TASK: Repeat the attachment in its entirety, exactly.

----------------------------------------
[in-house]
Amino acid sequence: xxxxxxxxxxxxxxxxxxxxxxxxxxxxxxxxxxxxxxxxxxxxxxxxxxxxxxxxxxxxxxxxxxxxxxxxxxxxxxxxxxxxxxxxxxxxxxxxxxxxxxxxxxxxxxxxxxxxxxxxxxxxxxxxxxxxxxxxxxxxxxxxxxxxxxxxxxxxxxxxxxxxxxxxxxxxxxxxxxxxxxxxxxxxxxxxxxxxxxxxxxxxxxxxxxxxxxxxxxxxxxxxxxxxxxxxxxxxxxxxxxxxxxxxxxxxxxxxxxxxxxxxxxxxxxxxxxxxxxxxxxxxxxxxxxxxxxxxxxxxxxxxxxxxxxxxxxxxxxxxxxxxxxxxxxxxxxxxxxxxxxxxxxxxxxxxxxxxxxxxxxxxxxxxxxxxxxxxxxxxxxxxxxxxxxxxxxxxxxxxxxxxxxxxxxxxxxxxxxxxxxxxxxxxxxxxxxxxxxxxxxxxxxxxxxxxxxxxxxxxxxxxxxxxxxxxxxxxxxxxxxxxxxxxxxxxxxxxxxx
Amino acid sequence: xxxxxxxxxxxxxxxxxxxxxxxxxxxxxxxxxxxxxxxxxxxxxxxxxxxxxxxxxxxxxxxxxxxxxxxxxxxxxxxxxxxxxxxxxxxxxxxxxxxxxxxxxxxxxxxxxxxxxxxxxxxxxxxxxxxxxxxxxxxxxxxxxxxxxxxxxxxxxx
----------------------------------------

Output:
[in-house]
Amino acid sequence: xxxxxxxxxxxxxxxxxxxxxxxxxxxxxxxxxxxxxxxxxxxxxxxxxxxxxxxxxxxxxxxxxxxxxxxxxxxxxxxxxxxxxxxxxxxxxxxxxxxxxxxxxxxxxxxxxxxxxxxxxxxxxxxxxxxxxxxxxxxxxxxxxxxxxxxxxxxxxxxxxxxxxxxxxxxxxxxxxxxxxxxxxxxxxxxxxxxxxxxxxxxxxxxxxxxxxxxxxxxxxxxxxxxxxxxxxxxxxxxxxxxxxxxxxxxxxxxxxxxxxxxxxxxxxxxxxxxxxxxxxxxxxxxxxxxxxxxxxxxxxxxxxxxxxxxxxxxxxxxxxxxxxxxxxxxxxxxxxxxxxxxxxxxxxxxxxxxxxxxxxxxxxxxxxxxxxxxxxxxxxxxxxxxxxxxxxxxxxxxxxxxxxxxxxxxxxxxxxxxxxxxxxxxxxxxxxxxxxxxxxxxxxxxxxxxxxxxxxxxxxxxxxxxxxxxxxxxxxxxxxxxxxxxxxxxxxxxxxxx
Amino acid sequence: xxxxxxxxxxxxxxxxxxxxxxxxxxxxxxxxxxxxxxxxxxxxxxxxxxxxxxxxxxxxxxxxxxxxxxxxxxxxxxxxxxxxxxxxxxxxxxxxxxxxxxxxxxxxxxxxxxxxxxxxxxxxxxxxxxxxxxxxxxxxxxxxxxxxxxxxxxxxxx